Coffee review

Noticing at Artisan, Ealing

coffee Artisan Ealing

A good coffee is a solid foundation for any afternoon’s noticing.

A cafe-physics review with a difference. In that, it’s not so much a review as an invitation. What do you notice in a café?

Last week, I had the opportunity to try Artisan’s Ealing branch. Although I had found a lot to notice on my previous visit to the East Sheen branch, I had a very specific reason for visiting the Ealing location of this small chain of four cafés. The coffee (espresso) was reliably good. Smooth and drinkable in a friendly atmosphere. Just as with the café in East Sheen, there were a good selection of edibles at the counter and plenty to notice. The light shades were immediately outstanding as something to notice while a framed ‘hole in the wall’ provided a conversation point. The café was very busy and while there was plenty of seating with many tables, we were still lucky to have got a table for two near the back. Behind us there was a lesson going on in the coffee school while on the wall was the calendar for the space booking downstairs. And it was this that I had come here for.

A couple of months ago, Artisan announced that this space would be available to rent to provide a friendly space (with coffee) for the meetings of local small businesses or charities. This stayed in the back of my mind for a while as it came about at roughly the same time as an idea for Bean Thinking.

Lampshades at Artisan Ealing

First the obvious. Immediately striking, these lampshades could provide several avenues for thought.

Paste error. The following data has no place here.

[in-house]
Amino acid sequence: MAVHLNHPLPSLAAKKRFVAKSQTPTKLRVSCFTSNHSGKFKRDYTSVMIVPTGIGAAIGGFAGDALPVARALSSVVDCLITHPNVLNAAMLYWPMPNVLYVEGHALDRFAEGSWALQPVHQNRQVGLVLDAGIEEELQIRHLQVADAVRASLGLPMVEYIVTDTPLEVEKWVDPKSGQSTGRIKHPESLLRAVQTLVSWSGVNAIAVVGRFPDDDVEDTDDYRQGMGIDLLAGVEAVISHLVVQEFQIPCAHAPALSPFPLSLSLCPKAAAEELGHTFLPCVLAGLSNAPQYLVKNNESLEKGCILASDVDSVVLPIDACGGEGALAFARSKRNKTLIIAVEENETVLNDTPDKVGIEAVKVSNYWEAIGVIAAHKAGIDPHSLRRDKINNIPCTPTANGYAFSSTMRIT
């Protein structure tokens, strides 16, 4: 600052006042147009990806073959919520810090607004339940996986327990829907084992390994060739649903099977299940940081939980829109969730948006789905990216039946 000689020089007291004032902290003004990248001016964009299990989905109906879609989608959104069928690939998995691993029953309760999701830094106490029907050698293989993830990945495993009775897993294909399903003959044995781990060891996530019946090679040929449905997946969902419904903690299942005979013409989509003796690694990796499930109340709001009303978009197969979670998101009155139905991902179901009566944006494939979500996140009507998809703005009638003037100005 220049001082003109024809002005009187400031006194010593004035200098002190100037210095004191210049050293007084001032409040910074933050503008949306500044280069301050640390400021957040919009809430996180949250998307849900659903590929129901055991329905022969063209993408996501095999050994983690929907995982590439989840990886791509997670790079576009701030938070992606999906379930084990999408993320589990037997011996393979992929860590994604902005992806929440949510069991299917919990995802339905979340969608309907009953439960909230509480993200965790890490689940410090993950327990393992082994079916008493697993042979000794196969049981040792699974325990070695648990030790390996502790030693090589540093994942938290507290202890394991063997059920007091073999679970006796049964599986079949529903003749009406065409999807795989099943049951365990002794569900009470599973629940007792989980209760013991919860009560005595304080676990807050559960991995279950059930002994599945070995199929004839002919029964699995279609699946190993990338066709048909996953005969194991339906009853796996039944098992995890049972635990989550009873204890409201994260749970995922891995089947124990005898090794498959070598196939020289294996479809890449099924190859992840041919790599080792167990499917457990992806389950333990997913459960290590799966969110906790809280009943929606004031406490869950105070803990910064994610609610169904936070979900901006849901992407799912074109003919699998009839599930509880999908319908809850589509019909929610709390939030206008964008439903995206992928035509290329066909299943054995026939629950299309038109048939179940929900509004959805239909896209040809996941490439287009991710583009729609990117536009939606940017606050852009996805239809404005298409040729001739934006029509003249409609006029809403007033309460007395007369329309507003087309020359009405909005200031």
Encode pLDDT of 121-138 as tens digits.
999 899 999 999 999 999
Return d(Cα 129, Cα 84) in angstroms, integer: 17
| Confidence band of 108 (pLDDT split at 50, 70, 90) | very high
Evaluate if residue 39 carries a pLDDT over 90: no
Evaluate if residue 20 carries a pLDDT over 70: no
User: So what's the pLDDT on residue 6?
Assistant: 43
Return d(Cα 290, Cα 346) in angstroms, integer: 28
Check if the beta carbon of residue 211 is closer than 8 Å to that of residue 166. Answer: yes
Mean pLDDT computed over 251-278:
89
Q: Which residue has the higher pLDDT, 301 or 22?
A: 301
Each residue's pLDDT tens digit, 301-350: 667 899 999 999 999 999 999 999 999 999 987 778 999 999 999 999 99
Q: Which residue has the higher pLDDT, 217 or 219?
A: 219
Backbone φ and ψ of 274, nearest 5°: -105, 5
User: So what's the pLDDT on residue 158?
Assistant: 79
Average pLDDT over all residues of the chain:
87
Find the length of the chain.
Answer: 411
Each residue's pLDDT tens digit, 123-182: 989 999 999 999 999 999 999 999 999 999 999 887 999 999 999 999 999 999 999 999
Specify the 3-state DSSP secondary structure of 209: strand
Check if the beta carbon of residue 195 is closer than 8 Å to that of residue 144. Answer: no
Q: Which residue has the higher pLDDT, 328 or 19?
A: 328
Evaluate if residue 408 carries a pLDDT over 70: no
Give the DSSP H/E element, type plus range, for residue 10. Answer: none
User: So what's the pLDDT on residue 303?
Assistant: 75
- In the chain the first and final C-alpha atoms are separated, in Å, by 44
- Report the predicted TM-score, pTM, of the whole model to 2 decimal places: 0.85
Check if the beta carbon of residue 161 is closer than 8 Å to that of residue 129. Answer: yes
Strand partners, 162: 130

There are a couple of us who are interested in meeting, about once a month, to discuss science. As ‘science’ is quite a big subject, we thought we would limit it to science that is associated with coffee or with the café at which we are meeting. Perhaps readers of this website may realise that this is not such a restriction, it is quite easy to connect coffee to the cosmic microwave background radiation of the Universe or to chromatography and analytical chemistry. If we were to meet in a location such as Artisan, there should be plenty more food for thoughts. The lampshades prompted me to consider what made substances opaque or transparent? Where is the link to coffee and methods for measuring the coffee extraction? The hole in the wall suggested thoughts about the algorithms behind cash machines. I’m sure that there is plenty more to notice if we take the time to see it.

And so this is an invitation. Would you like to join us in exploring what we each notice about the science of our surroundings? The plan would be to meet once a month, probably starting late January 2019 or early February (date and location to be confirmed). An afternoon on the weekend is probably better than an evening and we’d probably stay for an hour or two. You do not have to be a practising scientist to come along indeed, it would be great if we could have people from a variety of walks of life. The idea is not (necessarily) to answer scientific questions that we each may have but instead to explore the science behind the questions, to find the connections that form our ideas of the universe. To really notice our surroundings and our coffees (tea drinkers would also be welcome). As a consequence of this, mobile phones/laptops etc. will be discouraged during the afternoon. We’d like to notice things around us and not be distracted by what a search engine suggests about it; if we think a search engine could help us, we’ll use it after we’ve left and come back the following month to discuss the issues further. So, if you are curious, would like to explore what you notice and can tolerate keeping your phone on silent and in your pocket for an afternoon, please do come along, it would be great to meet some of you.